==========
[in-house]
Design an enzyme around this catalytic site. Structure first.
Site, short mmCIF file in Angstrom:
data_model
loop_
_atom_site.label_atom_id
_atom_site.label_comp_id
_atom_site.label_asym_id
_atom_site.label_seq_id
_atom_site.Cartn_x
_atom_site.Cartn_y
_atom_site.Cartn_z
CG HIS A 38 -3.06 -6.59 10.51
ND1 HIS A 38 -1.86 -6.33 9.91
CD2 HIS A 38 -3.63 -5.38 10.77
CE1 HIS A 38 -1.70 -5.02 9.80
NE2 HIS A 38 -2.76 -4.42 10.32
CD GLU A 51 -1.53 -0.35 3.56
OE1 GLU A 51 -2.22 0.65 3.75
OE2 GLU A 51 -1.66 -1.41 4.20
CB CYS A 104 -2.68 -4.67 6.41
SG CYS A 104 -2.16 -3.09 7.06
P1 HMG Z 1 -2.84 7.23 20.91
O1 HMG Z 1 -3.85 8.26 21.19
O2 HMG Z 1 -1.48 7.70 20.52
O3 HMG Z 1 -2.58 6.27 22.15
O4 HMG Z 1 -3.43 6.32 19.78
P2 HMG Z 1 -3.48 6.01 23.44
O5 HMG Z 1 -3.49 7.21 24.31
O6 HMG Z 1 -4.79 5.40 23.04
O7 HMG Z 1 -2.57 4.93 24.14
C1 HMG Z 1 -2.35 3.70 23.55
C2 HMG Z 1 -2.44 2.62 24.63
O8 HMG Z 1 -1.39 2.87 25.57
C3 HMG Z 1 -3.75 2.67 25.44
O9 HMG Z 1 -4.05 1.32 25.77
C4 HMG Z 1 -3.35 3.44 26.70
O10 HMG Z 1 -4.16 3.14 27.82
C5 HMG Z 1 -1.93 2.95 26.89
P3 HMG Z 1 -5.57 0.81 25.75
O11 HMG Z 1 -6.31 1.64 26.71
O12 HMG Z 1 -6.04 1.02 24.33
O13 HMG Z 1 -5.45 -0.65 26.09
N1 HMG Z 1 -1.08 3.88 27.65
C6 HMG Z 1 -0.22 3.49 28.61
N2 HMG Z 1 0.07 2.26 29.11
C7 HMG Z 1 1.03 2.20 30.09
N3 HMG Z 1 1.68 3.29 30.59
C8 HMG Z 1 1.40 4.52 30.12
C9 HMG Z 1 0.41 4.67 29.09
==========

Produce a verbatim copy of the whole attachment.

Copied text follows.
[in-house]
Design an enzyme around this catalytic site. Structure first.
Site, short mmCIF file in Angstrom:
data_model
loop_
_atom_site.label_atom_id
_atom_site.label_comp_id
_atom_site.label_asym_id
_atom_site.label_seq_id
_atom_site.Cartn_x
_atom_site.Cartn_y
_atom_site.Cartn_z
CG HIS A 38 -3.06 -6.59 10.51
ND1 HIS A 38 -1.86 -6.33 9.91
CD2 HIS A 38 -3.63 -5.38 10.77
CE1 HIS A 38 -1.70 -5.02 9.80
NE2 HIS A 38 -2.76 -4.42 10.32
CD GLU A 51 -1.53 -0.35 3.56
OE1 GLU A 51 -2.22 0.65 3.75
OE2 GLU A 51 -1.66 -1.41 4.20
CB CYS A 104 -2.68 -4.67 6.41
SG CYS A 104 -2.16 -3.09 7.06
P1 HMG Z 1 -2.84 7.23 20.91
O1 HMG Z 1 -3.85 8.26 21.19
O2 HMG Z 1 -1.48 7.70 20.52
O3 HMG Z 1 -2.58 6.27 22.15
O4 HMG Z 1 -3.43 6.32 19.78
P2 HMG Z 1 -3.48 6.01 23.44
O5 HMG Z 1 -3.49 7.21 24.31
O6 HMG Z 1 -4.79 5.40 23.04
O7 HMG Z 1 -2.57 4.93 24.14
C1 HMG Z 1 -2.35 3.70 23.55
C2 HMG Z 1 -2.44 2.62 24.63
O8 HMG Z 1 -1.39 2.87 25.57
C3 HMG Z 1 -3.75 2.67 25.44
O9 HMG Z 1 -4.05 1.32 25.77
C4 HMG Z 1 -3.35 3.44 26.70
O10 HMG Z 1 -4.16 3.14 27.82
C5 HMG Z 1 -1.93 2.95 26.89
P3 HMG Z 1 -5.57 0.81 25.75
O11 HMG Z 1 -6.31 1.64 26.71
O12 HMG Z 1 -6.04 1.02 24.33
O13 HMG Z 1 -5.45 -0.65 26.09
N1 HMG Z 1 -1.08 3.88 27.65
C6 HMG Z 1 -0.22 3.49 28.61
N2 HMG Z 1 0.07 2.26 29.11
C7 HMG Z 1 1.03 2.20 30.09
N3 HMG Z 1 1.68 3.29 30.59
C8 HMG Z 1 1.40 4.52 30.12
C9 HMG Z 1 0.41 4.67 29.09